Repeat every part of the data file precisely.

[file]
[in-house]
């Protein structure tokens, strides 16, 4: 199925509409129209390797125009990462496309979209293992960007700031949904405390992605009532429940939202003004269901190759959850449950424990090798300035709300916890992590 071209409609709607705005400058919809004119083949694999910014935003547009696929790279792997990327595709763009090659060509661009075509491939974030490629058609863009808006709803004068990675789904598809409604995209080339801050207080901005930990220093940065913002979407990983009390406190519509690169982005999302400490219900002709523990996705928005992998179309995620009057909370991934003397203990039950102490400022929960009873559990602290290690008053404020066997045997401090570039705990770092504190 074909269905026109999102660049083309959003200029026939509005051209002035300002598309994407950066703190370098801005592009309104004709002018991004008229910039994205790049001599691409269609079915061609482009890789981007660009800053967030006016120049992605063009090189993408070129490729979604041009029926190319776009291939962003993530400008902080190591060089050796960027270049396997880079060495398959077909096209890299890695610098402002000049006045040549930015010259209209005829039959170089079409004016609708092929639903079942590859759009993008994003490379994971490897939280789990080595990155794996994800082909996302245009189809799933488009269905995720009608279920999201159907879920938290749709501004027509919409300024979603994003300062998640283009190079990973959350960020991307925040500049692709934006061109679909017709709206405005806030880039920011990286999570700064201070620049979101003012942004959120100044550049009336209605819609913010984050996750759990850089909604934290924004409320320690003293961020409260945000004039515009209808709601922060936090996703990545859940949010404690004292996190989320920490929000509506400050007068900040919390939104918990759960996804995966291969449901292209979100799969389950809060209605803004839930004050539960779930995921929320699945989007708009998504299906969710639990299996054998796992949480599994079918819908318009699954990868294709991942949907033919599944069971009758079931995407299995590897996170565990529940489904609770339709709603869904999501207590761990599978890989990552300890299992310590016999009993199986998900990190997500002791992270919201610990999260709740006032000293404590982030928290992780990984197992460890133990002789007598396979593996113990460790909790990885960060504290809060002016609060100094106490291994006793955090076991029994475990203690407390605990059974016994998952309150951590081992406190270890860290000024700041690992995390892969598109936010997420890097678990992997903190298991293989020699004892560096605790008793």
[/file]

[in-house]
């Protein structure tokens, strides 16, 4: 199925509409129209390797125009990462496309979209293992960007700031949904405390992605009532429940939202003004269901190759959850449950424990090798300035709300916890992590 071209409609709607705005400058919809004119083949694999910014935003547009696929790279792997990327595709763009090659060509661009075509491939974030490629058609863009808006709803004068990675789904598809409604995209080339801050207080901005930990220093940065913002979407990983009390406190519509690169982005999302400490219900002709523990996705928005992998179309995620009057909370991934003397203990039950102490400022929960009873559990602290290690008053404020066997045997401090570039705990770092504190 074909269905026109999102660049083309959003200029026939509005051209002035300002598309994407950066703190370098801005592009309104004709002018991004008229910039994205790049001599691409269609079915061609482009890789981007660009800053967030006016120049992605063009090189993408070129490729979604041009029926190319776009291939962003993530400008902080190591060089050796960027270049396997880079060495398959077909096209890299890695610098402002000049006045040549930015010259209209005829039959170089079409004016609708092929639903079942590859759009993008994003490379994971490897939280789990080595990155794996994800082909996302245009189809799933488009269905995720009608279920999201159907879920938290749709501004027509919409300024979603994003300062998640283009190079990973959350960020991307925040500049692709934006061109679909017709709206405005806030880039920011990286999570700064201070620049979101003012942004959120100044550049009336209605819609913010984050996750759990850089909604934290924004409320320690003293961020409260945000004039515009209808709601922060936090996703990545859940949010404690004292996190989320920490929000509506400050007068900040919390939104918990759960996804995966291969449901292209979100799969389950809060209605803004839930004050539960779930995921929320699945989007708009998504299906969710639990299996054998796992949480599994079918819908318009699954990868294709991942949907033919599944069971009758079931995407299995590897996170565990529940489904609770339709709603869904999501207590761990599978890989990552300890299992310590016999009993199986998900990190997500002791992270919201610990999260709740006032000293404590982030928290992780990984197992460890133990002789007598396979593996113990460790909790990885960060504290809060002016609060100094106490291994006793955090076991029994475990203690407390605990059974016994998952309150951590081992406190270890860290000024700041690992995390892969598109936010997420890097678990992997903190298991293989020699004892560096605790008793």